Church event examines the case for divestment
On 6 October 2016, Rathbone Greenbank was invited to participate in a multidenominational event at Southwark’s Anglican Cathedral on the subject of “Investing sustainably: Protecting financial assets and supporting the transition to a zero-carbon future”.
The discussion was, in part, motivated by the growing movement among churches of all denominations to encourage divestment from coal, oil and gas. It also took inspiration from the publication in May 2015 of Pope Francis’s second encyclical, Laudato si’, which included direct criticism of environmental degradation for the sake of profit and called for the progressive replacement of fossil fuels with sustainable alternatives “without delay”.
Experts in sustainable investment joined representatives from several denominations and Church of England diocesan environment officers to discuss the case for collective divestment from fossil fuels. Keynote speaker Bishop Richard Cheetham, Bishop of Kingston, articulated the point that church investors had a significant role to play in encouraging a global “ecological conversion” consistent with the counsel of Laudato si’. He also warned against complacency in the aftermath of the ratification of the Paris Agreement, encouraging investors to continue to press companies on their environmental impacts and to reject the obsessive pursuit of growth for its role in the depletion of finite resources.
In an online article published after the event, Independent Catholic News referenced an announcement made two days earlier by a coalition of seven Catholic groups across five continents advising of their intention to divest their holdings in fossil fuels.
Quoted in the same article, John David, head of Rathbone Greenbank, lent support to this mounting challenge to investment in fossil fuels. He emphasised that his team’s focus on energy investment was increasingly negative towards oil, gas and mining and was “totally dedicated to considering the ethical, social and environmental background” of its investment choices.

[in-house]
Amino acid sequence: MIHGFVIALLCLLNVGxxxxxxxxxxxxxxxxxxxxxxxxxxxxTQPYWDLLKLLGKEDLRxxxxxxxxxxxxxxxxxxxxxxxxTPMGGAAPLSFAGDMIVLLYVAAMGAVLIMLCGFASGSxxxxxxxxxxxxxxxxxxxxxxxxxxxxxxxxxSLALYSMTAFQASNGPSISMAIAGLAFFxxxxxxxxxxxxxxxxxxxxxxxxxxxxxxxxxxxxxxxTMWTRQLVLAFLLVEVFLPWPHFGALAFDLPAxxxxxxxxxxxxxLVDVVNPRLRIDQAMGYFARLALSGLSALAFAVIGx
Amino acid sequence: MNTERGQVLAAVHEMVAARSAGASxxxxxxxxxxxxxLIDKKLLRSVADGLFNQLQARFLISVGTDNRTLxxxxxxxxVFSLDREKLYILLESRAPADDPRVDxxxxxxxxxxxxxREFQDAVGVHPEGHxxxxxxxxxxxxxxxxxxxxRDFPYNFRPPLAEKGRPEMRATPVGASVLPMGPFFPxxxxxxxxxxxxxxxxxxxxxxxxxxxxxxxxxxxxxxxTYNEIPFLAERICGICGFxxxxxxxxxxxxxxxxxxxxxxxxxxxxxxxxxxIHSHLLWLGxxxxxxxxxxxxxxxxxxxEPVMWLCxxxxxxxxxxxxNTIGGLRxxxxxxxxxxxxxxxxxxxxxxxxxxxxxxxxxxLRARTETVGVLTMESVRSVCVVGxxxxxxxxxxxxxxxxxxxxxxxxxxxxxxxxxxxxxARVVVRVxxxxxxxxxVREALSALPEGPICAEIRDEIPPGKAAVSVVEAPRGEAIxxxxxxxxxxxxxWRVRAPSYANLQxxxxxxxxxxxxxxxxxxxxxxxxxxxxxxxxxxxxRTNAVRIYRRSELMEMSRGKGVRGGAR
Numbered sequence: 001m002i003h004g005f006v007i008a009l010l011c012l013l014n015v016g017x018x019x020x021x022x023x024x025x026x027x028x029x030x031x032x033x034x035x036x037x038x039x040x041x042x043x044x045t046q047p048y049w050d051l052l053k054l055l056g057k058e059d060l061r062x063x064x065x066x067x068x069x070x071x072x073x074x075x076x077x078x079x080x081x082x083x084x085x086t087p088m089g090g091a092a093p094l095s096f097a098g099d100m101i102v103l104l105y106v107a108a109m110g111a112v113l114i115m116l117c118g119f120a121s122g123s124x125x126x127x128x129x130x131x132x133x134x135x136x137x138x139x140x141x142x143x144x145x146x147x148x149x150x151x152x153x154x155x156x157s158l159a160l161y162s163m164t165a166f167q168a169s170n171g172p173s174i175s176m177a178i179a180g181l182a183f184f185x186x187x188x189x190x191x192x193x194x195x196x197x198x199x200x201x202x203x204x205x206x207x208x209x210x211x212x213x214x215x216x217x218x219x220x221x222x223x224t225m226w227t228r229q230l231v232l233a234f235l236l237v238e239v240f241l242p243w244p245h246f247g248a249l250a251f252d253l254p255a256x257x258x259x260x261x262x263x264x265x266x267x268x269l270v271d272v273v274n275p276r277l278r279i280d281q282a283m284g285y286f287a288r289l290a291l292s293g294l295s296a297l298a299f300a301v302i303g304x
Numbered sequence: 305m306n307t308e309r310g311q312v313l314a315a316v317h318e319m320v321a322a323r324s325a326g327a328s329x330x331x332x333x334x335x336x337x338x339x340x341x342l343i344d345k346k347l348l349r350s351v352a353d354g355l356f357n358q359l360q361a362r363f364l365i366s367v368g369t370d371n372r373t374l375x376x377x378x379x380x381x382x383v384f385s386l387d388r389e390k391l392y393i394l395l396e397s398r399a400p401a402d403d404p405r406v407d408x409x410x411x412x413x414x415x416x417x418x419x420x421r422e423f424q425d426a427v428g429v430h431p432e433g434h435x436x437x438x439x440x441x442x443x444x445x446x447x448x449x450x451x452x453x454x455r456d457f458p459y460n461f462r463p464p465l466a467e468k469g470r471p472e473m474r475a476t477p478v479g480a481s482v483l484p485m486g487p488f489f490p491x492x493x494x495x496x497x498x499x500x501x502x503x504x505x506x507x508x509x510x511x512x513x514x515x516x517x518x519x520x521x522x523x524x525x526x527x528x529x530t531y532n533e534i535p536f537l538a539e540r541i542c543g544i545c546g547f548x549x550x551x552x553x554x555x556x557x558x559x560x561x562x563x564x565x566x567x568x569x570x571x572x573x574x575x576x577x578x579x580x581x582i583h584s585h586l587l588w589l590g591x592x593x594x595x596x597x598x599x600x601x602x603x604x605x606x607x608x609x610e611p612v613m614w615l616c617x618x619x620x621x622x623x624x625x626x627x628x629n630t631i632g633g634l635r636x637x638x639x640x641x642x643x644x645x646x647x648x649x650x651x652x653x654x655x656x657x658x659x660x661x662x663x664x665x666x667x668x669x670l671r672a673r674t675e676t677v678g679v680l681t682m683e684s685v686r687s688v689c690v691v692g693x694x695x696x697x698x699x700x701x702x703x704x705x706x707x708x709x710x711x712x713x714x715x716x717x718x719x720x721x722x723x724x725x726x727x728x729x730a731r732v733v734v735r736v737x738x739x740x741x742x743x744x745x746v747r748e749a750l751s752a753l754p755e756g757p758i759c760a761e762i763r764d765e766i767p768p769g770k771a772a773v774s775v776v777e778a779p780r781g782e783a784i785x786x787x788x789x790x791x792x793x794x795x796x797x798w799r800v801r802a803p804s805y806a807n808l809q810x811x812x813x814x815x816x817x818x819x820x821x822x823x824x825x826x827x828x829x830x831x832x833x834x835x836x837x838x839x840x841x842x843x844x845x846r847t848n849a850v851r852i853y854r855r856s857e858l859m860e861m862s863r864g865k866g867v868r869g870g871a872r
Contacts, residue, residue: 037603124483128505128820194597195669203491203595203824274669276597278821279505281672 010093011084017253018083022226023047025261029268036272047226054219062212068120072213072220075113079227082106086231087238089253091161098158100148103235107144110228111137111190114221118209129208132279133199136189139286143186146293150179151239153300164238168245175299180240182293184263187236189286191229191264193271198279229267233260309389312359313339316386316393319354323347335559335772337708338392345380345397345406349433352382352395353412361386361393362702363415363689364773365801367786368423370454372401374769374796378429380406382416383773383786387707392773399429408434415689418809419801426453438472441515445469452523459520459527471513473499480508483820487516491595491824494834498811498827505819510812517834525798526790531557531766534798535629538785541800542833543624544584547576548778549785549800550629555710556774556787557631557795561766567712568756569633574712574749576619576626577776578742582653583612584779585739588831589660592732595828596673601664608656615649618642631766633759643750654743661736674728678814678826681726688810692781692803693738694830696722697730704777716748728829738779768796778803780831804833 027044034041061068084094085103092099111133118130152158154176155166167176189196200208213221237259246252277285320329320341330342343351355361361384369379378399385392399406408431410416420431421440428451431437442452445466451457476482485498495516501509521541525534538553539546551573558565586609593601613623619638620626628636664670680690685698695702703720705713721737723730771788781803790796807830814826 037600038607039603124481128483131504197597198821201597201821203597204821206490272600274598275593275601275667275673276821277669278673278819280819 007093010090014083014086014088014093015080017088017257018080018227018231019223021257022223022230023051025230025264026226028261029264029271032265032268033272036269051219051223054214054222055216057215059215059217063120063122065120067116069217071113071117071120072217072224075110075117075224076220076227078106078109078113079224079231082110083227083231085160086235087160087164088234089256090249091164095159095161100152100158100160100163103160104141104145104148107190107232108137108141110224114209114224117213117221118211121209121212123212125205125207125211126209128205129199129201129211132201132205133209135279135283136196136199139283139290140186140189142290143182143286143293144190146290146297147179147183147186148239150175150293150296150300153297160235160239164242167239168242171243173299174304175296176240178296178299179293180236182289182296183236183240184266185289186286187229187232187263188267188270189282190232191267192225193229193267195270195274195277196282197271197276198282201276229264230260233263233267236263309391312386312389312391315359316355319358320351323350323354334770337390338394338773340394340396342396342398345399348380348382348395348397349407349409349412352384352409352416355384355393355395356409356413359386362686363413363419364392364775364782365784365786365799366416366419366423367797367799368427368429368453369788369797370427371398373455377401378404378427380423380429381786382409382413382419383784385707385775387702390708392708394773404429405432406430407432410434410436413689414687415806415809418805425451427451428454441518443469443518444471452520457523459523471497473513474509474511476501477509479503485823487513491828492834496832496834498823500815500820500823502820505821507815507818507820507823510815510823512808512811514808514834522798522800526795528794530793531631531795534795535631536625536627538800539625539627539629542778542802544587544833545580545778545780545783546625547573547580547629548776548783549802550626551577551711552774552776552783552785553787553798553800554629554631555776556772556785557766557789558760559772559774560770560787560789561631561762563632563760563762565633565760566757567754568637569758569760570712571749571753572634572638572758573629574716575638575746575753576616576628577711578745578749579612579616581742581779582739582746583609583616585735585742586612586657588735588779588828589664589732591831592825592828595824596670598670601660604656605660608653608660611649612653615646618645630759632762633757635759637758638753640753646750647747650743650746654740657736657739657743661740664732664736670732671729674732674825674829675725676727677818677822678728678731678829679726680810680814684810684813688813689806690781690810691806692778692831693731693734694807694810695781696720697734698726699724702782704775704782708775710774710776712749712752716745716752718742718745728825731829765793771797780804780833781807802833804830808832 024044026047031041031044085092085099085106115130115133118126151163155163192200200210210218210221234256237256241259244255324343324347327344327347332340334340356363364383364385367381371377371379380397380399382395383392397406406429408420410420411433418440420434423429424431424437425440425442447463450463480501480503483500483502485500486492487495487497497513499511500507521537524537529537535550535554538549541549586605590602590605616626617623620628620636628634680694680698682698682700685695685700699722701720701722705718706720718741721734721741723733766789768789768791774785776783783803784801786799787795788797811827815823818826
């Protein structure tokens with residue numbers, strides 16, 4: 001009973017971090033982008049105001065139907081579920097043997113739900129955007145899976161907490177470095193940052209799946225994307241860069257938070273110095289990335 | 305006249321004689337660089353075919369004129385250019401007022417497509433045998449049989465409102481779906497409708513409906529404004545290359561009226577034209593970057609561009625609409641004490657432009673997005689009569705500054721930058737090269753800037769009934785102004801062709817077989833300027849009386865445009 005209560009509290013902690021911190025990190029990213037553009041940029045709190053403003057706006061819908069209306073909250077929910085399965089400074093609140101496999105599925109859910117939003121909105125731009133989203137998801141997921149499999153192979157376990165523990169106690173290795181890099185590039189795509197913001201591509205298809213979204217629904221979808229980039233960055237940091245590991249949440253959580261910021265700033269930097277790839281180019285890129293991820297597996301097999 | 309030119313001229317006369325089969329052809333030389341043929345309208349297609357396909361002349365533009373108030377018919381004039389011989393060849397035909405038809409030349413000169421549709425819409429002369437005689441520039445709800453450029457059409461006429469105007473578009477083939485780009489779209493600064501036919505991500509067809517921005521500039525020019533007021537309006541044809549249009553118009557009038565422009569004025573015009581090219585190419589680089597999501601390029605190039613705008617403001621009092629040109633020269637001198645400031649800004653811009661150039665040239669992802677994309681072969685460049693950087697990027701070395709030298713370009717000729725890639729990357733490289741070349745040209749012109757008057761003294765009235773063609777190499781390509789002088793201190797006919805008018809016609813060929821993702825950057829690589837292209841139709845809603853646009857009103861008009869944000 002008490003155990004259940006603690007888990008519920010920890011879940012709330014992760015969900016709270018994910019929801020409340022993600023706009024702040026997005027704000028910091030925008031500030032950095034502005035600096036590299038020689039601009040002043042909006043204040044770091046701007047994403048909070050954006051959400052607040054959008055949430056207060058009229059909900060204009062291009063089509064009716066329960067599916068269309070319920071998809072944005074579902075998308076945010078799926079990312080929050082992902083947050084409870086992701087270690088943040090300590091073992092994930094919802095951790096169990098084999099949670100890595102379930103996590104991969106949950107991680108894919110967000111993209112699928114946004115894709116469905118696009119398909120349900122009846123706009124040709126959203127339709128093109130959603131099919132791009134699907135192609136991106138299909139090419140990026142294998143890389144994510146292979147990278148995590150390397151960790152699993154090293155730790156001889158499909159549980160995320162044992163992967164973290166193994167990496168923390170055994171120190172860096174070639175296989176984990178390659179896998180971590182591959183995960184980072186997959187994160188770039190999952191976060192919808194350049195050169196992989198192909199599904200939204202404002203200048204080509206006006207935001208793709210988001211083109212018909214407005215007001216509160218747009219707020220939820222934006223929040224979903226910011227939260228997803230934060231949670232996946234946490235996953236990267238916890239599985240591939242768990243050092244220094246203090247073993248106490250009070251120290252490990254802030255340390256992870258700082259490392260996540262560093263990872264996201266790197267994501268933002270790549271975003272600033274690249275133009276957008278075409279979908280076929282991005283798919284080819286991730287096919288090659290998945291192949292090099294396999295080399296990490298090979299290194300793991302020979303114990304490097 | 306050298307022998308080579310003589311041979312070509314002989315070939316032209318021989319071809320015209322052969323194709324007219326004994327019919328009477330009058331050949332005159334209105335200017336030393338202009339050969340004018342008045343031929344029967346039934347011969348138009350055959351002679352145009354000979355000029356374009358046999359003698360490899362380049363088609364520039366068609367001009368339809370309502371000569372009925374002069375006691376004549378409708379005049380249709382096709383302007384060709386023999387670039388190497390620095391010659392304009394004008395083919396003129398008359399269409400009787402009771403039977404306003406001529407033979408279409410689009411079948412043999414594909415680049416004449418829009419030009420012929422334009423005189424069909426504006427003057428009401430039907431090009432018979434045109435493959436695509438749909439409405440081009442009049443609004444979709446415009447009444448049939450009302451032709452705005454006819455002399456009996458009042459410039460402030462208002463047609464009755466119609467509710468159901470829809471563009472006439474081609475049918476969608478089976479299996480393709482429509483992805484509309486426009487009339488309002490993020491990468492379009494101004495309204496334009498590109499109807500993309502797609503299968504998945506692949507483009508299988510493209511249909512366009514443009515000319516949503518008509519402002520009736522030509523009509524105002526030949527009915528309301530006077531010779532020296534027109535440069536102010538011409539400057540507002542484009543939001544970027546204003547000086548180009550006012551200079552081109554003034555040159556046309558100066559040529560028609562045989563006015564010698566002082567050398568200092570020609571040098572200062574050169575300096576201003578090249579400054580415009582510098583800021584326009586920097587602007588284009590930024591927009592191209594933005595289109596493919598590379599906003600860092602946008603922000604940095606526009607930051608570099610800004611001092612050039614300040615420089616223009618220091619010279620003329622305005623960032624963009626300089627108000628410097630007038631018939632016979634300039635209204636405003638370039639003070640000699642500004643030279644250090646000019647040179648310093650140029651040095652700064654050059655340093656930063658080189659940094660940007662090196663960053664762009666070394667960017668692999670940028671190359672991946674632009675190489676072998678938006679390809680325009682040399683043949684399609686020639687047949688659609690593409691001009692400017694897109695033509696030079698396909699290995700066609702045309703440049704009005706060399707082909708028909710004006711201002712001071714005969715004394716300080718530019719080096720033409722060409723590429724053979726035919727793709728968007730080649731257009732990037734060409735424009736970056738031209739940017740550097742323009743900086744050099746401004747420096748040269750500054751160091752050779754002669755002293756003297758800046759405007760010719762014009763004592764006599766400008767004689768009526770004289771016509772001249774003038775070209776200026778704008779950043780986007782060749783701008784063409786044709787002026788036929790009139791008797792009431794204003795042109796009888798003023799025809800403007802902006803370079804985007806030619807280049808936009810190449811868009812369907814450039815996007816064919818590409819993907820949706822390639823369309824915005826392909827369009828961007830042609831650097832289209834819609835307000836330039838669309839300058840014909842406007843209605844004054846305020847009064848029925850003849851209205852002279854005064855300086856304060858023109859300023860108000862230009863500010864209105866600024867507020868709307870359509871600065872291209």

Rathbone Greenbank has long been involved in the debate around fossil fuel investment, engaging sector constituents in questions about their environmental and social impacts and strategies to reduce their contribution to climate change. Working across various initiatives to encourage enhanced corporate transparency, promote analysis of decarbonisation scenarios and the viability of mitigating technologies such as carbon capture and storage, we believe that considered divestment from fossil fuels reflects both the increasing social and political appetite for responsible energy consumption and the changes in investor choice that have informed and encouraged it.
Our commitment to climate change is also evidenced by our collaborative work with the ‘Aiming for A’ investor coalition, an initiative undertaking in-depth engagement with the ten largest UK-listed extractives and utilities companies, and which is now becoming pan-European in scope. Additionally, our involvement with the Institutional Investors Group on Climate Change, our role as a signatory to the Montréal Carbon Pledge and our membership of the Carbon Disclosure Project all serve to ensure that we are at the forefront of efforts to measure corporate practices against policy commitments.
The event in Southwark was jointly organised by The Climate Change Collaboration, Quaker Peace & Social Witness and Operation Noah, whose Bright Now campaign targets fossil-free church investment in response to the growing threat of climate change.